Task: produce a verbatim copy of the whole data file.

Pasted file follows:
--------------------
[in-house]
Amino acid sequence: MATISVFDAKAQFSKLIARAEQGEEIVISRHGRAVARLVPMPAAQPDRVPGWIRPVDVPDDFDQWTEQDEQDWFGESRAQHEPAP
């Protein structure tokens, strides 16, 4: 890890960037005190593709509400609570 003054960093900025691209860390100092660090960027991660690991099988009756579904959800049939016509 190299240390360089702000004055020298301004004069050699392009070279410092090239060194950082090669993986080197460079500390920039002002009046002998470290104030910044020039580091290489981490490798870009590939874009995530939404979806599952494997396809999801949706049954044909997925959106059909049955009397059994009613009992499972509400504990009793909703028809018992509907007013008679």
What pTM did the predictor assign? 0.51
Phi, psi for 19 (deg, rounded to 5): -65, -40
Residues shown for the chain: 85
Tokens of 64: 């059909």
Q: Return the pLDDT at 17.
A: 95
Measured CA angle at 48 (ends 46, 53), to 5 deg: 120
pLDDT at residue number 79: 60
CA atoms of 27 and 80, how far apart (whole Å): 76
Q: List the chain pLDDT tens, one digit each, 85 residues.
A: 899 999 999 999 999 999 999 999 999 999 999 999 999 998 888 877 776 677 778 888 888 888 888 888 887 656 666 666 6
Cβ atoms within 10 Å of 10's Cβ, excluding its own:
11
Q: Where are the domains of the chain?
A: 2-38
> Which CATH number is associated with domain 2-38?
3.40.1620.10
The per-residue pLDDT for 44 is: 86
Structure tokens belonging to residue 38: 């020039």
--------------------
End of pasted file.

[in-house]
Amino acid sequence: MATISVFDAKAQFSKLIARAEQGEEIVISRHGRAVARLVPMPAAQPDRVPGWIRPVDVPDDFDQWTEQDEQDWFGESRAQHEPAP
């Protein structure tokens, strides 16, 4: 890890960037005190593709509400609570 003054960093900025691209860390100092660090960027991660690991099988009756579904959800049939016509 190299240390360089702000004055020298301004004069050699392009070279410092090239060194950082090669993986080197460079500390920039002002009046002998470290104030910044020039580091290489981490490798870009590939874009995530939404979806599952494997396809999801949706049954044909997925959106059909049955009397059994009613009992499972509400504990009793909703028809018992509907007013008679």
What pTM did the predictor assign? 0.51
Phi, psi for 19 (deg, rounded to 5): -65, -40
Residues shown for the chain: 85
Tokens of 64: 């059909």
Q: Return the pLDDT at 17.
A: 95
Measured CA angle at 48 (ends 46, 53), to 5 deg: 120
pLDDT at residue number 79: 60
CA atoms of 27 and 80, how far apart (whole Å): 76
Q: List the chain pLDDT tens, one digit each, 85 residues.
A: 899 999 999 999 999 999 999 999 999 999 999 999 999 998 888 877 776 677 778 888 888 888 888 888 887 656 666 666 6
Cβ atoms within 10 Å of 10's Cβ, excluding its own:
11
Q: Where are the domains of the chain?
A: 2-38
> Which CATH number is associated with domain 2-38?
3.40.1620.10
The per-residue pLDDT for 44 is: 86
Structure tokens belonging to residue 38: 């020039």